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Atlantic salmon return in numbers to eastern Canada

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To mid-July, Atlantic salmon rivers in eastern Canada have had some of the best wild Atlantic salmon returns in a very long time reports the Atlantic Salmon Federation. Water conditions throughout much of Atlantic Canada, Quebec and Maine were good and the salmon runs strong. From Labrador and the Quebec North Shore to Maine, and all points in between, anglers and salmon conservationists rejoiced.


To mid-July, Atlantic salmon rivers in eastern Canada have had some of the best wild Atlantic salmon returns in a very long time reports the Atlantic Salmon Federation. Water conditions throughout much of Atlantic Canada, Quebec and Maine were good and the salmon runs strong. From Labrador and the Quebec North Shore to Maine, and all points in between, anglers and salmon conservationists rejoiced.

The smaller salmon called grilse that have spent only one year in the ocean are the ones making the big difference. Counting facilities with few exceptions indicate much better runs than previous averages that stretch all the way back to 1984. One of the more dramatic examples is the Exploits River at Bishops Falls in central Newfoundland. To July 20, the river had a total return of 26,986 grilse and large salmon, compared to averages of 15,770 in the period 1992 to 2007 and 5,309 in the period 1984 to 1991.

There are counting facilities on only a portion of the hundreds of salmon rivers throughout eastern Canada and the New England states, so ASF, while being heartened by the early returns, is cautious about declaring this a bumper crop year yet.

"This year's good returns are a pleasant surprise, especially after the poor runs of 2007," says Geoff Giffin, the Atlantic Salmon Federation's Regional Director for New Brunswick. "Predicting salmon survival and abundance at sea is at best a very inexact science. For example, estimates by Fisheries and Oceans Canada (DFO) of returns to about 600 Canadian rivers are based on data gathered from fewer than 70 indicator rivers."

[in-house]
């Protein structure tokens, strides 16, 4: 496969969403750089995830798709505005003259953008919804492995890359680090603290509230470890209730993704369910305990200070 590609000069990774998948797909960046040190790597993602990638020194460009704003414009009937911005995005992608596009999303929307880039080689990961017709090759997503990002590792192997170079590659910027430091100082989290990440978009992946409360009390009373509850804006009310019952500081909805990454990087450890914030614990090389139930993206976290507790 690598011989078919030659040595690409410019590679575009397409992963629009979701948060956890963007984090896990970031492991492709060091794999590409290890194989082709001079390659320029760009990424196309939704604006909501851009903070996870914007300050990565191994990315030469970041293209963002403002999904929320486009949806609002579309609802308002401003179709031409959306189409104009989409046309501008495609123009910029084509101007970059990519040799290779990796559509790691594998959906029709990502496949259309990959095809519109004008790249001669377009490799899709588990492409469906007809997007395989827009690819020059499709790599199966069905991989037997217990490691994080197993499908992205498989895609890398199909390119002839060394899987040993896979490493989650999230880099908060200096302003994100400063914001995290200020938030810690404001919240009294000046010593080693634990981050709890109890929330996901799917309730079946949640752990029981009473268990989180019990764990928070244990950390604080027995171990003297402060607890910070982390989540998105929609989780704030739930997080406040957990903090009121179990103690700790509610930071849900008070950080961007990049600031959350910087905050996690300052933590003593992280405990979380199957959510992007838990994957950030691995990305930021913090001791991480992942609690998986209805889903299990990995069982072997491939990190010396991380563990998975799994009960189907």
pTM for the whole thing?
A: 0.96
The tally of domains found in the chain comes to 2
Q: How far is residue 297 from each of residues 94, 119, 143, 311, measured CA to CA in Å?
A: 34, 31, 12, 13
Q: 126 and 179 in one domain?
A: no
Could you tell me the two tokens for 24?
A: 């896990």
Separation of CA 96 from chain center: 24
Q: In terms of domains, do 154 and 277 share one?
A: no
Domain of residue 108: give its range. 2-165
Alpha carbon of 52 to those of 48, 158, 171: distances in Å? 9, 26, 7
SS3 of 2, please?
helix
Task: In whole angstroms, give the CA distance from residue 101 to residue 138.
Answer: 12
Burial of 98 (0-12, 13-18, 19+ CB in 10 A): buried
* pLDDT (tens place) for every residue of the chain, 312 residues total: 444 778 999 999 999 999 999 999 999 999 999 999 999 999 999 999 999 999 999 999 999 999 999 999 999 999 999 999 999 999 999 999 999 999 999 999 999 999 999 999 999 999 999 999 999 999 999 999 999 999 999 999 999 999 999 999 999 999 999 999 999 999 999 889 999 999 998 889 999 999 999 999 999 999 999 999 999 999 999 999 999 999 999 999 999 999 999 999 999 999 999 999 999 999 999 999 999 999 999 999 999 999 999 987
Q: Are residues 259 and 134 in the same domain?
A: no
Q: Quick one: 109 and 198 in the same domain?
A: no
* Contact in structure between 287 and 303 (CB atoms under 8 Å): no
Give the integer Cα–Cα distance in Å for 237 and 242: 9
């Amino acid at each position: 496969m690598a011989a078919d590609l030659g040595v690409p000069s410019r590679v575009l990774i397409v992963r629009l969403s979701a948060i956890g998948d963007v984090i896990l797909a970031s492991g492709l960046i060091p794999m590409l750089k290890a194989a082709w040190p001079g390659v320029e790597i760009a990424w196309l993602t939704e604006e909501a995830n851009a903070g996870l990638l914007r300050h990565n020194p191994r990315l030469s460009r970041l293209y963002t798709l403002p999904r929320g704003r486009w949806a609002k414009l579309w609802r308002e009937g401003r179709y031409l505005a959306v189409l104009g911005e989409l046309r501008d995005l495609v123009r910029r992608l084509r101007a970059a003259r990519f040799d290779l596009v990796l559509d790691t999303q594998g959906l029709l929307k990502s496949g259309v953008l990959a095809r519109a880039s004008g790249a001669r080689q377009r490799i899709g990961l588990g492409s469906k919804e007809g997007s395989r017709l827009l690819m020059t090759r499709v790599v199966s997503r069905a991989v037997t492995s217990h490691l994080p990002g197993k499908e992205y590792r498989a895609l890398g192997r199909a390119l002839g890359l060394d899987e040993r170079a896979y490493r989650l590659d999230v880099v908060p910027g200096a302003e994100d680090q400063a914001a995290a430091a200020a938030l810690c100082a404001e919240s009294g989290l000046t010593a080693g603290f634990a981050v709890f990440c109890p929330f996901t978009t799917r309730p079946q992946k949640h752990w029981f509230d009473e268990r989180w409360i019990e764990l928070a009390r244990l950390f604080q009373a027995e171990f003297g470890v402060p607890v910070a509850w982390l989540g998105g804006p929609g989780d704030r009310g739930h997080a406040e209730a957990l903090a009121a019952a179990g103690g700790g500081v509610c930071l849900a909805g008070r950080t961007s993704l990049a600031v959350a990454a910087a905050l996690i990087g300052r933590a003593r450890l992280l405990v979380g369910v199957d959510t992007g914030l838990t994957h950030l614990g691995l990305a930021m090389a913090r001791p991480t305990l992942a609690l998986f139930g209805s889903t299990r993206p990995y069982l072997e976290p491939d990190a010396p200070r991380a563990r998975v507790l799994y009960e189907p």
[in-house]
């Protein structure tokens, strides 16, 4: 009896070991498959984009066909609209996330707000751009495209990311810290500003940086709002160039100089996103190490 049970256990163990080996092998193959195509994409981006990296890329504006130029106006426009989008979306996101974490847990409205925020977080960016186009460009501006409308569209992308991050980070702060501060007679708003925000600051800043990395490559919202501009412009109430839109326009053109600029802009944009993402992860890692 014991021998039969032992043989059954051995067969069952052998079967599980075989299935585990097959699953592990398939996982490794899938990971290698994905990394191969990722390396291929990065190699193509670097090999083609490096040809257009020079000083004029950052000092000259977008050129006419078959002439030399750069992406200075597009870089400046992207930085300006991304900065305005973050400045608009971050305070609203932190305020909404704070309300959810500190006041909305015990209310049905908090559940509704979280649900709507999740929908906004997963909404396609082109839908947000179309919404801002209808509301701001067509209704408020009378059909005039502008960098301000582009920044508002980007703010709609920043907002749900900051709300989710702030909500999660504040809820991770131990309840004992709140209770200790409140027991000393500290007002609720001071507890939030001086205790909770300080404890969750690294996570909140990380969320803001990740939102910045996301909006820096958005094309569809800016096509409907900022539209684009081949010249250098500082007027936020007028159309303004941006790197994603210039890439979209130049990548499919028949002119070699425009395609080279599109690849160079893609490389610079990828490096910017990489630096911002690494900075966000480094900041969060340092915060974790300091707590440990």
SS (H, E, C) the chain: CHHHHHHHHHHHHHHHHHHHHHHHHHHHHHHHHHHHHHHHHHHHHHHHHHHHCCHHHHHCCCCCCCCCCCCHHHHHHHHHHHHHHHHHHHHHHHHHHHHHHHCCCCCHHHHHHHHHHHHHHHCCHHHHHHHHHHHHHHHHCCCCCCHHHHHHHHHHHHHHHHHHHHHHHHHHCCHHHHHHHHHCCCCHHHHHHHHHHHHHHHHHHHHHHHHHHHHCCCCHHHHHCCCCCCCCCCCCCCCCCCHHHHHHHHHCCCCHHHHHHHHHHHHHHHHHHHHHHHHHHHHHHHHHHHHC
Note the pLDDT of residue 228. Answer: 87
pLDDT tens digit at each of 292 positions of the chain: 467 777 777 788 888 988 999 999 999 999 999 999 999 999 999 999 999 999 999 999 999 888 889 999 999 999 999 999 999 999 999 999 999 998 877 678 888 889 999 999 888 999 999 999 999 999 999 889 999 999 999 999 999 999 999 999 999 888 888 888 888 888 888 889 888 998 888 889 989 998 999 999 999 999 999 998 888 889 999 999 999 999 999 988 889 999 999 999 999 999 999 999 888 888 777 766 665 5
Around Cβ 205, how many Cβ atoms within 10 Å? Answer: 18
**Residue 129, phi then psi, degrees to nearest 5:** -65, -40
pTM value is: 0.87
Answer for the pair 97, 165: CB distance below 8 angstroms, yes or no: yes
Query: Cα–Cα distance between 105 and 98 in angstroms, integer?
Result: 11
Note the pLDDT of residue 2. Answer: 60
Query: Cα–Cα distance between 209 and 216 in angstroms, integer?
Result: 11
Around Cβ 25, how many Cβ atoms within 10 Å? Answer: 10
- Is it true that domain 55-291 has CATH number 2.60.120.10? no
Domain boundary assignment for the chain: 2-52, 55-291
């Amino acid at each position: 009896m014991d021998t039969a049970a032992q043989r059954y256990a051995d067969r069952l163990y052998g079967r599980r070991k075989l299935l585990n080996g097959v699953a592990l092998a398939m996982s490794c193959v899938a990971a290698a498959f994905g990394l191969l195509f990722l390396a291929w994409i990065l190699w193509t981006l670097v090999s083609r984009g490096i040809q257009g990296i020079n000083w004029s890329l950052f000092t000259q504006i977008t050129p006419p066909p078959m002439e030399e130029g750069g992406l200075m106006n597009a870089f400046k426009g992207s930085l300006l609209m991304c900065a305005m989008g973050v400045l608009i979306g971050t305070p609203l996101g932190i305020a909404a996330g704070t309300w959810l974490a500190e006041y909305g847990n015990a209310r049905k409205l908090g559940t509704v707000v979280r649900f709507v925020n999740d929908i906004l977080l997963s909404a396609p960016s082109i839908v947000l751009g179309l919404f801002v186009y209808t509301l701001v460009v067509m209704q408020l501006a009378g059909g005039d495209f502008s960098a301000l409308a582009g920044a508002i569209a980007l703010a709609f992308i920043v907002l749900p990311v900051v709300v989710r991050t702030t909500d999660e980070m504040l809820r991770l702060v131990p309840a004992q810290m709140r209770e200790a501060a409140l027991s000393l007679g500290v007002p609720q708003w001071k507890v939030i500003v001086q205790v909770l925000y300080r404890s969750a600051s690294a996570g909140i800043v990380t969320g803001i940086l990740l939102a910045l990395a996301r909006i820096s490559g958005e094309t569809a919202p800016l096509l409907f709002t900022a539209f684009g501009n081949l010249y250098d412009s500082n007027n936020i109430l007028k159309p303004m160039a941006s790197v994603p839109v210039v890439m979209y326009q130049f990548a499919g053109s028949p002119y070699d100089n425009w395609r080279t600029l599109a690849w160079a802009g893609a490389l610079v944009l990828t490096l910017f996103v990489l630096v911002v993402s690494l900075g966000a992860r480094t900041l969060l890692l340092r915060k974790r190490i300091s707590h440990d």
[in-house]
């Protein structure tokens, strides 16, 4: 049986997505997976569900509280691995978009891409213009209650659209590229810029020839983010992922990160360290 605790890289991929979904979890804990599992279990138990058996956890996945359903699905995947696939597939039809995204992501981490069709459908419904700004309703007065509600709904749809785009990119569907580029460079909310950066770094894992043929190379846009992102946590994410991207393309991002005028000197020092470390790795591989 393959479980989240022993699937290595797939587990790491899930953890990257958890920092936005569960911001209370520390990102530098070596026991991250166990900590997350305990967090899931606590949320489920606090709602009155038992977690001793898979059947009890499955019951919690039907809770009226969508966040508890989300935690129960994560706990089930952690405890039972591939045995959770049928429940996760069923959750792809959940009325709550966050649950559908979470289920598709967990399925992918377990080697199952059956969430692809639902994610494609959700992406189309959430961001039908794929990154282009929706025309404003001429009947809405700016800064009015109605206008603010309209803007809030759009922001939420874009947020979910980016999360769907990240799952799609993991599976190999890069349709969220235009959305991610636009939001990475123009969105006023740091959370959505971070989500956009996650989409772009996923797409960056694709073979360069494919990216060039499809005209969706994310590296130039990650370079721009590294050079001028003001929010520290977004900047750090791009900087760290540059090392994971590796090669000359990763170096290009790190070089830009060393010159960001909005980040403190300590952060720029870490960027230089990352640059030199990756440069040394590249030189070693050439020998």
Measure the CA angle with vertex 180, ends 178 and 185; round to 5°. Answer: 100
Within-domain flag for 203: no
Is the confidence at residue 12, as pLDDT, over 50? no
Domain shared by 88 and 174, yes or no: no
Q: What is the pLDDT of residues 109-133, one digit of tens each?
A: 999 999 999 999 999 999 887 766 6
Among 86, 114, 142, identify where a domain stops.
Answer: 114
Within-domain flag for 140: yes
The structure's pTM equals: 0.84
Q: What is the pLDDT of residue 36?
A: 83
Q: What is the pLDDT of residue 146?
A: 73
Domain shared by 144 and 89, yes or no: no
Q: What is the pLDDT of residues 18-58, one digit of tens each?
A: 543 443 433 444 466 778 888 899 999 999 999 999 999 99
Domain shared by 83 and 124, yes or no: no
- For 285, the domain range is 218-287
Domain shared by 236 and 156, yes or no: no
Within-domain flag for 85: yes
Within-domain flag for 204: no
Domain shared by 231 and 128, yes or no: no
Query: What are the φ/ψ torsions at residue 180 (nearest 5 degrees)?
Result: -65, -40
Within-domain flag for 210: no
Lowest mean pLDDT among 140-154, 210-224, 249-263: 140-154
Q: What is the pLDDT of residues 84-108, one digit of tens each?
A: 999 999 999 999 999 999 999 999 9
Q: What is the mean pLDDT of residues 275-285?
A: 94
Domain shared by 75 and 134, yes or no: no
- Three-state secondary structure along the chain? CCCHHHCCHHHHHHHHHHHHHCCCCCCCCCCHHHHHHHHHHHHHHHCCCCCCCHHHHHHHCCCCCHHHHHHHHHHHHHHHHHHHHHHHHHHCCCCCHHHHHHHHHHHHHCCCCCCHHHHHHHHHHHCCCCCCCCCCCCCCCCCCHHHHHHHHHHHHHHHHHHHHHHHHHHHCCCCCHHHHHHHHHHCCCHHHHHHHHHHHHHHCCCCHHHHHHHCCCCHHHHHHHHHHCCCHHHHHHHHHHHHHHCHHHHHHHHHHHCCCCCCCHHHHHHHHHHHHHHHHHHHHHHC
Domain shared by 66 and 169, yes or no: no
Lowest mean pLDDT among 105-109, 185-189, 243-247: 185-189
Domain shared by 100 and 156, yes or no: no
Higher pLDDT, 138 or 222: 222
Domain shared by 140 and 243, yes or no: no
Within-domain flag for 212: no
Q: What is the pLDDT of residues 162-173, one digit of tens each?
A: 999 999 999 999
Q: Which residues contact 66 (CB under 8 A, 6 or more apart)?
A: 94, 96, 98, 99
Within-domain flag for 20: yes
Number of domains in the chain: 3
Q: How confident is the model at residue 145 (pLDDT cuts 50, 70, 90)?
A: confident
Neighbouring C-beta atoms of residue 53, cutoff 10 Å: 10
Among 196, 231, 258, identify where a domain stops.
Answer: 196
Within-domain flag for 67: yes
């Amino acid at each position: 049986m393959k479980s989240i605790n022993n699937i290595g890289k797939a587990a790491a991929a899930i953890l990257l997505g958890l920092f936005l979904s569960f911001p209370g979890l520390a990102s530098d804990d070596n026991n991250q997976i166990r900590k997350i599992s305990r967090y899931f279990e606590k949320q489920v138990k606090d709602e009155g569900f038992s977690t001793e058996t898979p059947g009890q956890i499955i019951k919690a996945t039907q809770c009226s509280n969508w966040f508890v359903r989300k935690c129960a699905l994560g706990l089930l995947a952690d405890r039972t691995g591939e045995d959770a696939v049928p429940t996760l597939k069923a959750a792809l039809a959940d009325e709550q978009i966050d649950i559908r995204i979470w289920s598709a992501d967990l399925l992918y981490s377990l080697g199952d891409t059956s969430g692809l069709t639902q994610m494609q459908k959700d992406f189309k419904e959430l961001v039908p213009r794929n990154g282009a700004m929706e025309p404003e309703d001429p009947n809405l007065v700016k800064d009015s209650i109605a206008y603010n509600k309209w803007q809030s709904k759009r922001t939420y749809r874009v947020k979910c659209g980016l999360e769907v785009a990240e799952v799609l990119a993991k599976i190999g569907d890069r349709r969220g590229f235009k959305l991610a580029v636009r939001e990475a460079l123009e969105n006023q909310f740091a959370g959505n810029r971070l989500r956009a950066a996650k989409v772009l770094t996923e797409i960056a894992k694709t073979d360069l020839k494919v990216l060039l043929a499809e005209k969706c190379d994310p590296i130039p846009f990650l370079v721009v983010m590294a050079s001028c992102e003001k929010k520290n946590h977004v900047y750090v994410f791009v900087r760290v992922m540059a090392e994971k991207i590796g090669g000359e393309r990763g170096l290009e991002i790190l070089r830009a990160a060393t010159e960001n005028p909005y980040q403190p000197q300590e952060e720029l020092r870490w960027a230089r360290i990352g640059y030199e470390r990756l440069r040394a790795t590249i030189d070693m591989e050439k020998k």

The Miramichi River system had excellent water levels and temperatures to July 17 and fishing was excellent for the Main Southwest, Northwest and Little Southwest. Good numbers of fish are entering the Northwest barrier, the southwest Millerton trap and the Dungarvon barrier.

The Restigouche River system continues to have higher than average water levels, excellent temperatures, and anglers report very good runs of grilse. The Kedgwick River had outstanding water conditions and anglers reported strong runs of both salmon and grilse.

The Saint John River's cumulative count to Mactaquac Dam was 1241 grilse, compared to 485 last year, which is more than the 2000 to 2004 average of 744. Unfortunately, only 172 large salmon have returned so far, well below the 2000-2004 average of 449. The Nashwaak River has had a far better run compared to the 2000 - 2004 average.

While scientists continue to try to figure out the cause and effect relationships between salmon and their marine environment, conservationists help maintain healthy spawning and rearing habitat in our rivers, reduce mortality as much as possible by eliminating commercial salmon fisheries, reduce in-river harvests and practice catch and release angling. When ocean conditions improve, which appears to have been the case this year, salmon returns will rebound. "While this strategy may not be all that scientific, it is a pragmatic and practical approach that works," concludes Mr. Giffin. "Atlantic salmon are a remarkably tough and resilient species, and when given a chance, they will respond."







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